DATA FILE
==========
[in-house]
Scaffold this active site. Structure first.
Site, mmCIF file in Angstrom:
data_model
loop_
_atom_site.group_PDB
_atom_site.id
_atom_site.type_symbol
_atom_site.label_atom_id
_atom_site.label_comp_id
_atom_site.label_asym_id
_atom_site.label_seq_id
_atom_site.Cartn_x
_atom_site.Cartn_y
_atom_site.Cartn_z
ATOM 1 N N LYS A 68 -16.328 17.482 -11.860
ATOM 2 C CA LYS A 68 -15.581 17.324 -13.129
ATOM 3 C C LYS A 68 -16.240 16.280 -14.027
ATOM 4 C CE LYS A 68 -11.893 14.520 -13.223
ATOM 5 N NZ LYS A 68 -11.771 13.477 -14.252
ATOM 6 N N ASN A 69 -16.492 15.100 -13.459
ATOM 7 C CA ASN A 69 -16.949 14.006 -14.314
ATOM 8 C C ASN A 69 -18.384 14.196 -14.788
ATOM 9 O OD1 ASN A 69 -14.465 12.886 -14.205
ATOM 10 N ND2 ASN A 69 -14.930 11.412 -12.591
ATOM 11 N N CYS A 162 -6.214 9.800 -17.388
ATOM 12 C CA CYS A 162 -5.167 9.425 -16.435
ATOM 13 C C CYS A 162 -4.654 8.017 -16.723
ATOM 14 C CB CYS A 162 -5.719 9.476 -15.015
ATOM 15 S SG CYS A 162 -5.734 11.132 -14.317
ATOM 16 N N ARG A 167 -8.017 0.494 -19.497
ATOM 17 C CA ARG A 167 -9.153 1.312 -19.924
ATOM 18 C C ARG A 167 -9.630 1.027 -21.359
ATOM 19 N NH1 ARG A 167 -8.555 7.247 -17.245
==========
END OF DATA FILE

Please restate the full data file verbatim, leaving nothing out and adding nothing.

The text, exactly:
[in-house]
Scaffold this active site. Structure first.
Site, mmCIF file in Angstrom:
data_model
loop_
_atom_site.group_PDB
_atom_site.id
_atom_site.type_symbol
_atom_site.label_atom_id
_atom_site.label_comp_id
_atom_site.label_asym_id
_atom_site.label_seq_id
_atom_site.Cartn_x
_atom_site.Cartn_y
_atom_site.Cartn_z
ATOM 1 N N LYS A 68 -16.328 17.482 -11.860
ATOM 2 C CA LYS A 68 -15.581 17.324 -13.129
ATOM 3 C C LYS A 68 -16.240 16.280 -14.027
ATOM 4 C CE LYS A 68 -11.893 14.520 -13.223
ATOM 5 N NZ LYS A 68 -11.771 13.477 -14.252
ATOM 6 N N ASN A 69 -16.492 15.100 -13.459
ATOM 7 C CA ASN A 69 -16.949 14.006 -14.314
ATOM 8 C C ASN A 69 -18.384 14.196 -14.788
ATOM 9 O OD1 ASN A 69 -14.465 12.886 -14.205
ATOM 10 N ND2 ASN A 69 -14.930 11.412 -12.591
ATOM 11 N N CYS A 162 -6.214 9.800 -17.388
ATOM 12 C CA CYS A 162 -5.167 9.425 -16.435
ATOM 13 C C CYS A 162 -4.654 8.017 -16.723
ATOM 14 C CB CYS A 162 -5.719 9.476 -15.015
ATOM 15 S SG CYS A 162 -5.734 11.132 -14.317
ATOM 16 N N ARG A 167 -8.017 0.494 -19.497
ATOM 17 C CA ARG A 167 -9.153 1.312 -19.924
ATOM 18 C C ARG A 167 -9.630 1.027 -21.359
ATOM 19 N NH1 ARG A 167 -8.555 7.247 -17.245